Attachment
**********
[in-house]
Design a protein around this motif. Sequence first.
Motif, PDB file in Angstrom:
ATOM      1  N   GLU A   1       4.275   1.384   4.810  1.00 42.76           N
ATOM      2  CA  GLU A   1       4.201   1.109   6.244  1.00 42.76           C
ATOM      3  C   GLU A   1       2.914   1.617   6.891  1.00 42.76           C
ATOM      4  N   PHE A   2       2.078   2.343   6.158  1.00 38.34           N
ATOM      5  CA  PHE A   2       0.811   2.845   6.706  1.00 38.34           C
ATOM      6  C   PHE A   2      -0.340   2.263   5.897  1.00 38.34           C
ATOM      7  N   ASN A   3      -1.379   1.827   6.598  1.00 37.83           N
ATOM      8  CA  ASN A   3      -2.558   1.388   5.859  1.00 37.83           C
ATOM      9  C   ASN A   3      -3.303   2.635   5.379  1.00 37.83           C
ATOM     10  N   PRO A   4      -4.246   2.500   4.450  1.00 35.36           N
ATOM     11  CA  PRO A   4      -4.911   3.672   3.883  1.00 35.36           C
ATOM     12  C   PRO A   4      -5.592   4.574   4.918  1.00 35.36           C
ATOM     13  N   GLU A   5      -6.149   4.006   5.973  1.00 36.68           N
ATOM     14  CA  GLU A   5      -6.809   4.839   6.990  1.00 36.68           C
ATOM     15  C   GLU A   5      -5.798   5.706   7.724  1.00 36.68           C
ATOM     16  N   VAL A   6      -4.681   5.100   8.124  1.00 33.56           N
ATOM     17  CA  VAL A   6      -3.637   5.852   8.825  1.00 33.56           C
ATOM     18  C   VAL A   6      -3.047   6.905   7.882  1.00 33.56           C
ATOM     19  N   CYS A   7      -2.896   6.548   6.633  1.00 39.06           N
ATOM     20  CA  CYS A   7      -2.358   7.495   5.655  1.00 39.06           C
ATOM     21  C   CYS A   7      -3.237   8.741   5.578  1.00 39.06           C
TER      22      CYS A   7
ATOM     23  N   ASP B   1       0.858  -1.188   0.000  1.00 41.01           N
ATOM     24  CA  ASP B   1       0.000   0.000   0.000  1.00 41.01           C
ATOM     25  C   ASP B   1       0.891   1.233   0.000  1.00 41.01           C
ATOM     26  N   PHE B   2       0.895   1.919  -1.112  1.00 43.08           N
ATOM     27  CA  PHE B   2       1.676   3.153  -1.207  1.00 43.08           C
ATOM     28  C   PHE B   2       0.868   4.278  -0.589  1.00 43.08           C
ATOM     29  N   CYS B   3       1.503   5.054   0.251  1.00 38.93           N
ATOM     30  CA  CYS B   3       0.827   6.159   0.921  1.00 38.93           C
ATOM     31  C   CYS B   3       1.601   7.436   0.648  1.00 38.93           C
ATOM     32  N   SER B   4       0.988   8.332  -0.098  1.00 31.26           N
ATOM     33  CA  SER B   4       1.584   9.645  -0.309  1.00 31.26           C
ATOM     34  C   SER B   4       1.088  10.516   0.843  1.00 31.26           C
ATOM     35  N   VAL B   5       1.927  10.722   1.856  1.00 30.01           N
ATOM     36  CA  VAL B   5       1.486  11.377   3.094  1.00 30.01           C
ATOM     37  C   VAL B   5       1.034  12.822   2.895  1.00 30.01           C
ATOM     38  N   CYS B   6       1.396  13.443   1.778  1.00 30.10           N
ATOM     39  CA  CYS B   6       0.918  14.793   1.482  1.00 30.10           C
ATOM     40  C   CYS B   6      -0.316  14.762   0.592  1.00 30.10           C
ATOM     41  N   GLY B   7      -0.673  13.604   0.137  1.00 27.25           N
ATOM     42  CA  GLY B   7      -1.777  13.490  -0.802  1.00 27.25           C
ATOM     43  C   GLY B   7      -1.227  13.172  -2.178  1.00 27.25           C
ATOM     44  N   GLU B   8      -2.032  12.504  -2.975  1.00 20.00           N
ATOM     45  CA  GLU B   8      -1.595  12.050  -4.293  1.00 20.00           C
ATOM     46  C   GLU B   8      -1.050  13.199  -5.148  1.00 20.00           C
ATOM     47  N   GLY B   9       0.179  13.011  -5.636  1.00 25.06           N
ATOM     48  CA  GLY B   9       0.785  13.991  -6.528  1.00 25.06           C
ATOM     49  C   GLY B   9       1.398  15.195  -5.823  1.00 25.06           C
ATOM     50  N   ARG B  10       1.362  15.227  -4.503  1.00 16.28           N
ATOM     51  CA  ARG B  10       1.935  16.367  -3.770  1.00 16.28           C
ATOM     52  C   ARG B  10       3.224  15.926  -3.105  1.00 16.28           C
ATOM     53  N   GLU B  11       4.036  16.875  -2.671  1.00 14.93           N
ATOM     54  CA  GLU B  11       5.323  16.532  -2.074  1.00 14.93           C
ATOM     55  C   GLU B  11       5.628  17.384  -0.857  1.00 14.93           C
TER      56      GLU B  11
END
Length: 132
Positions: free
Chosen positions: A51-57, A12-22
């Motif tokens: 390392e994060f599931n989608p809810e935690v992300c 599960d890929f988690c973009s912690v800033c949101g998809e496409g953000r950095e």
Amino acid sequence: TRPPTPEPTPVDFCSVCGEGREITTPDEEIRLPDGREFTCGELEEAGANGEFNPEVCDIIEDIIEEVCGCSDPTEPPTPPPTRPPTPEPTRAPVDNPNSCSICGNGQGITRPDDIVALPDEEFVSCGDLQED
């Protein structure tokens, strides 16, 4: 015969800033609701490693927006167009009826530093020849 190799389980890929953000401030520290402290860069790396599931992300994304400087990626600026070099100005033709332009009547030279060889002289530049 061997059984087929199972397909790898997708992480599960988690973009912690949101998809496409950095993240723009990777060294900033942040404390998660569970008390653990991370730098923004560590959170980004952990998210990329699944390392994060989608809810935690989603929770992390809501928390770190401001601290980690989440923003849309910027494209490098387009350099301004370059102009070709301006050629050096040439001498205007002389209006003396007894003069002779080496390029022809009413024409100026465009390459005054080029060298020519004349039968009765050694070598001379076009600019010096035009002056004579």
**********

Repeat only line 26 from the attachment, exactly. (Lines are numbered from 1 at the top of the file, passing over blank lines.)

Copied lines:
ATOM     23  N   ASP B   1       0.858  -1.188   0.000  1.00 41.01           N